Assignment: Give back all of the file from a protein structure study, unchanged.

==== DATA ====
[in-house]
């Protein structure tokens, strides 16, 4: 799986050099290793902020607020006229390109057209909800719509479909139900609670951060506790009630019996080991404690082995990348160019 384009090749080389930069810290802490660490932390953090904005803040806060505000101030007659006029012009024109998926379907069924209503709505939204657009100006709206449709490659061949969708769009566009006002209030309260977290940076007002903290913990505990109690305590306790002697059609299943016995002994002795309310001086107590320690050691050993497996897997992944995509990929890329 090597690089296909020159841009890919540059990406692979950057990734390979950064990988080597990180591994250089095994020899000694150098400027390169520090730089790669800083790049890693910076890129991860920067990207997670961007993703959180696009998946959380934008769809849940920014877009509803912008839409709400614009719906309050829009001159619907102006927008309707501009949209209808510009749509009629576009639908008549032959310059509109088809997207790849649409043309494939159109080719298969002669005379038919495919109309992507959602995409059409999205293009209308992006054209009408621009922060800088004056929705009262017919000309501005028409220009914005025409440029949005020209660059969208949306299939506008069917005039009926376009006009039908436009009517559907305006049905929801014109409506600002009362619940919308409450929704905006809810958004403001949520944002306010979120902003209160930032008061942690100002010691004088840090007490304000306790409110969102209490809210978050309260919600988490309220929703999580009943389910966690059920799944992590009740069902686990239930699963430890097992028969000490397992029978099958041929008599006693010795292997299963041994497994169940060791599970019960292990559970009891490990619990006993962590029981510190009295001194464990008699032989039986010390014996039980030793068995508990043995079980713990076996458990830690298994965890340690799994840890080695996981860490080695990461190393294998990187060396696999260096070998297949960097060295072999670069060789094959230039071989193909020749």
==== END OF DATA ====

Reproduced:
[in-house]
């Protein structure tokens, strides 16, 4: 799986050099290793902020607020006229390109057209909800719509479909139900609670951060506790009630019996080991404690082995990348160019 384009090749080389930069810290802490660490932390953090904005803040806060505000101030007659006029012009024109998926379907069924209503709505939204657009100006709206449709490659061949969708769009566009006002209030309260977290940076007002903290913990505990109690305590306790002697059609299943016995002994002795309310001086107590320690050691050993497996897997992944995509990929890329 090597690089296909020159841009890919540059990406692979950057990734390979950064990988080597990180591994250089095994020899000694150098400027390169520090730089790669800083790049890693910076890129991860920067990207997670961007993703959180696009998946959380934008769809849940920014877009509803912008839409709400614009719906309050829009001159619907102006927008309707501009949209209808510009749509009629576009639908008549032959310059509109088809997207790849649409043309494939159109080719298969002669005379038919495919109309992507959602995409059409999205293009209308992006054209009408621009922060800088004056929705009262017919000309501005028409220009914005025409440029949005020209660059969208949306299939506008069917005039009926376009006009039908436009009517559907305006049905929801014109409506600002009362619940919308409450929704905006809810958004403001949520944002306010979120902003209160930032008061942690100002010691004088840090007490304000306790409110969102209490809210978050309260919600988490309220929703999580009943389910966690059920799944992590009740069902686990239930699963430890097992028969000490397992029978099958041929008599006693010795292997299963041994497994169940060791599970019960292990559970009891490990619990006993962590029981510190009295001194464990008699032989039986010390014996039980030793068995508990043995079980713990076996458990830690298994965890340690799994840890080695996981860490080695990461190393294998990187060396696999260096070998297949960097060295072999670069060789094959230039071989193909020749």